North Dakota is the worst in the nation for hospital safety, according to a new report from the Leapfrog Group.
The state came in last place with zero of its hospitals receiving an “A” grade, unmoved from its ranking in Fall 2021 when none of the hospitals analyzed by the Leapfrog Group received an “A.”
It was among only four states in the nation found to have no hospitals worthy of an “A.” The others were Wyoming, West Virginia, and the District of Columbia.
The Leapfrog Group is a national watchdog organization focused on transparently reporting hospital performance so individuals can make informed decisions when choosing where to receive their healthcare services. It rates hospitals based on their prevention of medical errors and harm to patients, according to the group.
The report assigned letter grades to nearly 3,000 general acute-care hospitals across the nation using over 30 measures of patient safety and data on patient experience. It found the COVID-19 pandemic caused a drastic decline in hospital safety and patient experience.
“As national trends have indicated, COVID-19 has negatively impacted patient safety in hospitals,” the report said. “Key areas of patient experience that worsened were likely associated with the strain health care workers endured during the height of the pandemic. The largest difference comparing adult patient experience in hospitals pre-pandemic and midpandemic is in Responsiveness of Hospital Staff with a 3.7-point decrease. Patients were less likely to receive help when needed, which can lead to potentially serious safety lapses. Communication about Medicines, reflecting patients’ feedback on how often hospital staff explained the purpose of new medication and potential side effects, is another significant patient safety concern.”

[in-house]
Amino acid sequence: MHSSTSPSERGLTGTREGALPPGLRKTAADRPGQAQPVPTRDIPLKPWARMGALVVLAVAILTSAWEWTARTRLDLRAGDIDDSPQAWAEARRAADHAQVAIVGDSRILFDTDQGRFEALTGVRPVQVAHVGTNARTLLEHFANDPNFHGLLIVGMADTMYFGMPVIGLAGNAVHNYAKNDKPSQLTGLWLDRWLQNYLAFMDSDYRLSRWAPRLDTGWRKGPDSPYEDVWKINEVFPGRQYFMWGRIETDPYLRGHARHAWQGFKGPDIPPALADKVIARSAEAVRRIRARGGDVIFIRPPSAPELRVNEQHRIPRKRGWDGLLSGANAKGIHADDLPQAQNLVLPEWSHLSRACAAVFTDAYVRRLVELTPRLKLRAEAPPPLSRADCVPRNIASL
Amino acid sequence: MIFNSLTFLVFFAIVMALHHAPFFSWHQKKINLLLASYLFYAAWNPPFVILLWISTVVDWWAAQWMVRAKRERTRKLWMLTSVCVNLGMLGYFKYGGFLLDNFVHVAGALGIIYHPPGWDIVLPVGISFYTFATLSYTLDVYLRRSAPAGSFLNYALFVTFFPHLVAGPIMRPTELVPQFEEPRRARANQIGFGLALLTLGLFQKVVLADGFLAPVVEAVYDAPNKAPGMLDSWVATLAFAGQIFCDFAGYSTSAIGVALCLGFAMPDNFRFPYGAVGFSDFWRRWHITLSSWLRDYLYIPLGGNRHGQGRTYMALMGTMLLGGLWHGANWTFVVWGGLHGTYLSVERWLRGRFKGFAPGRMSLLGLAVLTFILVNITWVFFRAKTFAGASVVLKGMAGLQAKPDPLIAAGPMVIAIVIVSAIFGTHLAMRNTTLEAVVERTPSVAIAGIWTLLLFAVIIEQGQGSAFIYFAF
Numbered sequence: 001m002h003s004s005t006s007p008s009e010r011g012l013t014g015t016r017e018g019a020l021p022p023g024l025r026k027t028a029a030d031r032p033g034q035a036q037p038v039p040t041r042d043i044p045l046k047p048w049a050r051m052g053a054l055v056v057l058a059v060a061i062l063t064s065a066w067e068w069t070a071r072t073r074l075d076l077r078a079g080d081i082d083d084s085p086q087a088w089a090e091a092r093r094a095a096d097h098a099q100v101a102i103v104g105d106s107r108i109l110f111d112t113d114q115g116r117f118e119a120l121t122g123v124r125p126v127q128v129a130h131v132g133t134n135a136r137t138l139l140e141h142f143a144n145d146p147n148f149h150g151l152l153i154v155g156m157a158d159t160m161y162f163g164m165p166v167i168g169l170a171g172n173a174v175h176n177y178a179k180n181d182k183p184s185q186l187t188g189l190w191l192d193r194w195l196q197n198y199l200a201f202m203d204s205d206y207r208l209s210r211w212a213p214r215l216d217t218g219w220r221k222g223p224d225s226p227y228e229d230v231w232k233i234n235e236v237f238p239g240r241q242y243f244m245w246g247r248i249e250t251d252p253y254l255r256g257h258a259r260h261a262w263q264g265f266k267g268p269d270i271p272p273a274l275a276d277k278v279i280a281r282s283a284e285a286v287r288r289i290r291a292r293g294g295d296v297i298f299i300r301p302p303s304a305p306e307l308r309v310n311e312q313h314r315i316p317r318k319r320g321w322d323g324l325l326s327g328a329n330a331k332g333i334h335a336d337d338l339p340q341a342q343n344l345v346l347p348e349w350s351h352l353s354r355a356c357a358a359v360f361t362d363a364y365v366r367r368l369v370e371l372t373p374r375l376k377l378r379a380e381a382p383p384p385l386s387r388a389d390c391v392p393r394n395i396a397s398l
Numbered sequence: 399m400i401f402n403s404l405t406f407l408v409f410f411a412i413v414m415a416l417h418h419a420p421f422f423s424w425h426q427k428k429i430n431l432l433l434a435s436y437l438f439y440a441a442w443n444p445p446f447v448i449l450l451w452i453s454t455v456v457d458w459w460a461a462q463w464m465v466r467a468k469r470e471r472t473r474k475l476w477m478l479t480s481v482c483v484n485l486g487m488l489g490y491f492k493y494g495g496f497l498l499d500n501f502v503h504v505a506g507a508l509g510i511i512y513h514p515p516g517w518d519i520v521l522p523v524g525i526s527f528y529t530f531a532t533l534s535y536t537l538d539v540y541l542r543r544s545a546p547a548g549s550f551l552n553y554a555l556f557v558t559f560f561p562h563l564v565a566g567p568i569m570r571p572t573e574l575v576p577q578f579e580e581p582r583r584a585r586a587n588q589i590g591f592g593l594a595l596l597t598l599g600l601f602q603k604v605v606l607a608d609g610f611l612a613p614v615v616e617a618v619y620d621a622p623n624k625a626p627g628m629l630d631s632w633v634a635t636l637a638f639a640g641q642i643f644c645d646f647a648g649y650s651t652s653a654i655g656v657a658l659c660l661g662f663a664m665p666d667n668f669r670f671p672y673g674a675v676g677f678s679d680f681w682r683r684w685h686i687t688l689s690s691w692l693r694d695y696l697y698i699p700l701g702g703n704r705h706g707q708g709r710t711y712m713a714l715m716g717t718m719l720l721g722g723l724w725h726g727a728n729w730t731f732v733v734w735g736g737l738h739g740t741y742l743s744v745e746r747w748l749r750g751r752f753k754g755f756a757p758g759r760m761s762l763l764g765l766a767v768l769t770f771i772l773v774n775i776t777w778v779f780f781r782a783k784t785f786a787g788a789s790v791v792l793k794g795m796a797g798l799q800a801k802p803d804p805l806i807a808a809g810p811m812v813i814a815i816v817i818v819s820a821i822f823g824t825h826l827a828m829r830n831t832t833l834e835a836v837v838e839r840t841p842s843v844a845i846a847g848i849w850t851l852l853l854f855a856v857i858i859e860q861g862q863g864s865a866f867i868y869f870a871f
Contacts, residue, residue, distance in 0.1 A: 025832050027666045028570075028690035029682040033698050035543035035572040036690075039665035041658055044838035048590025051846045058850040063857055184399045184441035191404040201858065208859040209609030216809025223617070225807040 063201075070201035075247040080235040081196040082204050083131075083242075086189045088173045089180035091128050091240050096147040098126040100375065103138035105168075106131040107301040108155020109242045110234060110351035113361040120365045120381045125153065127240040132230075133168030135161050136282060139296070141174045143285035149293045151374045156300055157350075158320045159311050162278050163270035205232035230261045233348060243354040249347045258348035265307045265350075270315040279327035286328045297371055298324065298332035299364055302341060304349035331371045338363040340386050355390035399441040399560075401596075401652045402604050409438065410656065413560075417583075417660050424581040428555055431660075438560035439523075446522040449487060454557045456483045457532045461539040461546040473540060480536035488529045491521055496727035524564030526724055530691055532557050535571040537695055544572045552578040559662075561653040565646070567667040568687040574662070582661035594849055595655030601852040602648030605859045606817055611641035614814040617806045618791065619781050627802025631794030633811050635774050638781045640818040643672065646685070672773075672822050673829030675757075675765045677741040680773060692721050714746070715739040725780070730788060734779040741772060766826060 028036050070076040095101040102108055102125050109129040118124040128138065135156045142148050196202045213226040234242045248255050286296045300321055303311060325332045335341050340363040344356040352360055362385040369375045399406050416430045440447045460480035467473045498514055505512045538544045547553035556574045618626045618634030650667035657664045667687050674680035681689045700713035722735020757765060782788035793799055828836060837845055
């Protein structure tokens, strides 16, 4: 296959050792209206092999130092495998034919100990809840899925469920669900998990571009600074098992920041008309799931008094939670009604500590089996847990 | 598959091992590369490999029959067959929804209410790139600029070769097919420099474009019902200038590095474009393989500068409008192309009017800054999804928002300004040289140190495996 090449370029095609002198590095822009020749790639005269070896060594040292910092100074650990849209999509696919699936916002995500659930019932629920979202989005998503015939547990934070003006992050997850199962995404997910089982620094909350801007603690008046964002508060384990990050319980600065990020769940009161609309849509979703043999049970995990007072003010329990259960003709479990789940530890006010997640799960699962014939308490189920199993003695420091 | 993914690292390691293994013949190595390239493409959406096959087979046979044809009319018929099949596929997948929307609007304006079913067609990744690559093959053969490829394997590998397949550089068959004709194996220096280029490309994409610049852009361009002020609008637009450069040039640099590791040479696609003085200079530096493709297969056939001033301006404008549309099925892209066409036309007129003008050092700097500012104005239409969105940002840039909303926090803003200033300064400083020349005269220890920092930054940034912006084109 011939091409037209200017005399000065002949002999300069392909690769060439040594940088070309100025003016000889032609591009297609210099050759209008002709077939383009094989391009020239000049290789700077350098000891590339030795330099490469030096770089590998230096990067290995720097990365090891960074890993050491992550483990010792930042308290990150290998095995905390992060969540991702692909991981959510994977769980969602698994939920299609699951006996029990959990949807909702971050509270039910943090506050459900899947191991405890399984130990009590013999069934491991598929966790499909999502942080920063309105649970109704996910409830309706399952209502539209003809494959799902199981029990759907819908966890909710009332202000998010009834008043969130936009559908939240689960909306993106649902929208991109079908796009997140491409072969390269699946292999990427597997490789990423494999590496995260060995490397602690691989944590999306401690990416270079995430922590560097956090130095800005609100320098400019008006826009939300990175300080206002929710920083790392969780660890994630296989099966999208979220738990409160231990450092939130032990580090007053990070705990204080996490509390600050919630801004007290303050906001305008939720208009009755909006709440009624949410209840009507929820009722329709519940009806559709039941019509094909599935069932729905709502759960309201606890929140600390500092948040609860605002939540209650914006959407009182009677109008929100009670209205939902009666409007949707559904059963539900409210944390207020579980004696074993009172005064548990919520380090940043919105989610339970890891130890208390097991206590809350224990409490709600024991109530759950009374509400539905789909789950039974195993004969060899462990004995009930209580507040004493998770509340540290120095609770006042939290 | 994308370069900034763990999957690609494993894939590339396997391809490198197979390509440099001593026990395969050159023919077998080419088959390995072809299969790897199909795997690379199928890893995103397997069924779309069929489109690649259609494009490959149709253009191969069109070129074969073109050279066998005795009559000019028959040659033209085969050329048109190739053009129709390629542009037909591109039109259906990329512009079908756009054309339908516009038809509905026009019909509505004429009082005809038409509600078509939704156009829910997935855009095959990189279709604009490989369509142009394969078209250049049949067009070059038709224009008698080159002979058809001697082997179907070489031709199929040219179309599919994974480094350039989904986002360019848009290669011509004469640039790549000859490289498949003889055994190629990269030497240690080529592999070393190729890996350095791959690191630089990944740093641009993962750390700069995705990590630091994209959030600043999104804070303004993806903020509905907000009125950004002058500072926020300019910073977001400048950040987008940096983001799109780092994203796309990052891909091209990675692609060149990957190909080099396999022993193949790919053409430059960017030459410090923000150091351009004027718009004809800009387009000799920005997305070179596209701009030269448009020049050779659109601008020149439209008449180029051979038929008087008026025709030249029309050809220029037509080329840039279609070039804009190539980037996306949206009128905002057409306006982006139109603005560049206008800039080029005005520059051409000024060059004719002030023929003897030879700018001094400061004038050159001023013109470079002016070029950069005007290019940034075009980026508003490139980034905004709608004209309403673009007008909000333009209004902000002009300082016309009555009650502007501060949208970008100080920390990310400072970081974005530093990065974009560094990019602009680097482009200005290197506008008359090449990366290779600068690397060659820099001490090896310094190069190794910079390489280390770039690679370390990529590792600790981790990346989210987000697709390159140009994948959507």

Authors said the strain on the workforce likely led to many lapses in care identified. Patients reported less favorable responses to Cleanliness of the Hospital survey questions. Care transition, which evaluates whether patients have a good understanding of their transition out of the hospital and if they understand the purpose of their medications, received the worst responses.
“Providing clear, understandable discharge information, like symptoms or health problems to monitor, can reduce harm and the likelihood of a patient being readmitted to the hospital,” the report said.
It also found fewer patients felt their doctors and nurses carefully listened to them or treated them with respect during the pandemic.
“The health care workforce has faced unprecedented levels of pressure during the pandemic, and as a result, patients’ experience with their care appears to have suffered,” said Leah Binder, president and CEO of The Leapfrog Group. “We commend the workforce for their heroic efforts these past few years and now strongly urge hospital leadership to recommit to improved care—from communication to responsiveness—and get back on track with patient safety outcomes.”
This article was originally posted on North Dakota hospitals worst in nation for performance